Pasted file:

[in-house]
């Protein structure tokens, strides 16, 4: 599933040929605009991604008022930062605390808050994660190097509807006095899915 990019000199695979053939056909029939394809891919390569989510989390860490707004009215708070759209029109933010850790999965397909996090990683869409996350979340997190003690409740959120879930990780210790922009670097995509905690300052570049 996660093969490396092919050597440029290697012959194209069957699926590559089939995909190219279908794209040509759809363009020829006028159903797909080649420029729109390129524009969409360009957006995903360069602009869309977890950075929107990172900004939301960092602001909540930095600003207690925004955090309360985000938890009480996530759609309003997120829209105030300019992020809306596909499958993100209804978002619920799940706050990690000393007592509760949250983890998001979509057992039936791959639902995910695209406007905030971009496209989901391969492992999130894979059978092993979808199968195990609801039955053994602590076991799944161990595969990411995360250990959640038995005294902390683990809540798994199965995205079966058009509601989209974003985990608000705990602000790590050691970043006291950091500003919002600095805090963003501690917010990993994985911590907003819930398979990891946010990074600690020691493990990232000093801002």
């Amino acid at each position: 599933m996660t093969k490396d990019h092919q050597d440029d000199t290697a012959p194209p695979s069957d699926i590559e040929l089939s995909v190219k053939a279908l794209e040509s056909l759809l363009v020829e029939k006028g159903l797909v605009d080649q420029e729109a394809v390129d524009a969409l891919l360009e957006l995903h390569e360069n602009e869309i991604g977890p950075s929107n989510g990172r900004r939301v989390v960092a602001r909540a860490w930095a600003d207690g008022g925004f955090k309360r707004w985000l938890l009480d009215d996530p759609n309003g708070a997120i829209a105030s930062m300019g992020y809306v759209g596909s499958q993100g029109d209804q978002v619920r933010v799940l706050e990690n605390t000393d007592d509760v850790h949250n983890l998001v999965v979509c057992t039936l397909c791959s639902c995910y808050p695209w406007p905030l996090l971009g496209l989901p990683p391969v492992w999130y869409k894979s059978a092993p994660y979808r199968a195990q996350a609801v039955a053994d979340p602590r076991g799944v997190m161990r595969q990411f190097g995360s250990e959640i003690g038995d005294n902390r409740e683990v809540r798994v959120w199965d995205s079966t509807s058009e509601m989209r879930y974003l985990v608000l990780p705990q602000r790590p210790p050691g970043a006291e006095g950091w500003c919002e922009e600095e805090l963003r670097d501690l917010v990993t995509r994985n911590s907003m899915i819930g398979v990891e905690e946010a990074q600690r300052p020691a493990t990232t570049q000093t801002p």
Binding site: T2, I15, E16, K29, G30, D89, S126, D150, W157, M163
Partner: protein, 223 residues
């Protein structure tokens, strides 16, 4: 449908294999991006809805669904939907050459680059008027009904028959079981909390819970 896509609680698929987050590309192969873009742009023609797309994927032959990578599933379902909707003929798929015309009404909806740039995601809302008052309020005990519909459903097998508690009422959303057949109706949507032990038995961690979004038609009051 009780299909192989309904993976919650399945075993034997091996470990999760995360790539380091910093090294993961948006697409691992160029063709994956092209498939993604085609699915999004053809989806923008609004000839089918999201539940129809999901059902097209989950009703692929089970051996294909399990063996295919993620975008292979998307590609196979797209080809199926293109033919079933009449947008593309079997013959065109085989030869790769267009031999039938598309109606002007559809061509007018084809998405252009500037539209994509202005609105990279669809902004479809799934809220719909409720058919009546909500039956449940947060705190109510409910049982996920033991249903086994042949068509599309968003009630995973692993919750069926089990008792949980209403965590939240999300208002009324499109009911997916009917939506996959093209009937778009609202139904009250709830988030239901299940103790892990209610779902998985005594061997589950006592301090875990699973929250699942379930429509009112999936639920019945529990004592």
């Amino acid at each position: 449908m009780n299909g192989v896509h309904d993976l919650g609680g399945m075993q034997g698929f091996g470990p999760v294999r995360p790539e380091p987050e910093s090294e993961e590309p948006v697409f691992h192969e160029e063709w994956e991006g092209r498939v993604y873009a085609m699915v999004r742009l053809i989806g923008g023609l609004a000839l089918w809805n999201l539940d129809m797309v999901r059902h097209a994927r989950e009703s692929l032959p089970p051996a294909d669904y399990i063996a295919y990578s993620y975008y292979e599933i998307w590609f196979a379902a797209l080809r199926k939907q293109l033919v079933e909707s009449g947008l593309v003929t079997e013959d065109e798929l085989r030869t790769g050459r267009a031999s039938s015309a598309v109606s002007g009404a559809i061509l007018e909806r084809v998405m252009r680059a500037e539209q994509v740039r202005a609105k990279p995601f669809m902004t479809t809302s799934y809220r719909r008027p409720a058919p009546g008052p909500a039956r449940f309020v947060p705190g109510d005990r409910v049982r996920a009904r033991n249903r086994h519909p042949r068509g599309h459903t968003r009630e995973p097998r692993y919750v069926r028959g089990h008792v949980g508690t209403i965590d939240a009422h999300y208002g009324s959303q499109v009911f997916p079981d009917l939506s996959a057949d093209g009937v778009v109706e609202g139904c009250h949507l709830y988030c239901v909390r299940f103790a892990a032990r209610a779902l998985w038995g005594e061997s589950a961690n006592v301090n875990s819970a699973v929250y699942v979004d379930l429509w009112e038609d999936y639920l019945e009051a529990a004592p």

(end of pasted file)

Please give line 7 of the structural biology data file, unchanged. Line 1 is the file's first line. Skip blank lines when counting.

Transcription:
């Amino acid at each position: 449908m009780n299909g192989v896509h309904d993976l919650g609680g399945m075993q034997g698929f091996g470990p999760v294999r995360p790539e380091p987050e910093s090294e993961e590309p948006v697409f691992h192969e160029e063709w994956e991006g092209r498939v993604y873009a085609m699915v999004r742009l053809i989806g923008g023609l609004a000839l089918w809805n999201l539940d129809m797309v999901r059902h097209a994927r989950e009703s692929l032959p089970p051996a294909d669904y399990i063996a295919y990578s993620y975008y292979e599933i998307w590609f196979a379902a797209l080809r199926k939907q293109l033919v079933e909707s009449g947008l593309v003929t079997e013959d065109e798929l085989r030869t790769g050459r267009a031999s039938s015309a598309v109606s002007g009404a559809i061509l007018e909806r084809v998405m252009r680059a500037e539209q994509v740039r202005a609105k990279p995601f669809m902004t479809t809302s799934y809220r719909r008027p409720a058919p009546g008052p909500a039956r449940f309020v947060p705190g109510d005990r409910v049982r996920a009904r033991n249903r086994h519909p042949r068509g599309h459903t968003r009630e995973p097998r692993y919750v069926r028959g089990h008792v949980g508690t209403i965590d939240a009422h999300y208002g009324s959303q499109v009911f997916p079981d009917l939506s996959a057949d093209g009937v778009v109706e609202g139904c009250h949507l709830y988030c239901v909390r299940f103790a892990a032990r209610a779902l998985w038995g005594e061997s589950a961690n006592v301090n875990s819970a699973v929250y699942v979004d379930l429509w009112e038609d999936y639920l019945e009051a529990a004592p």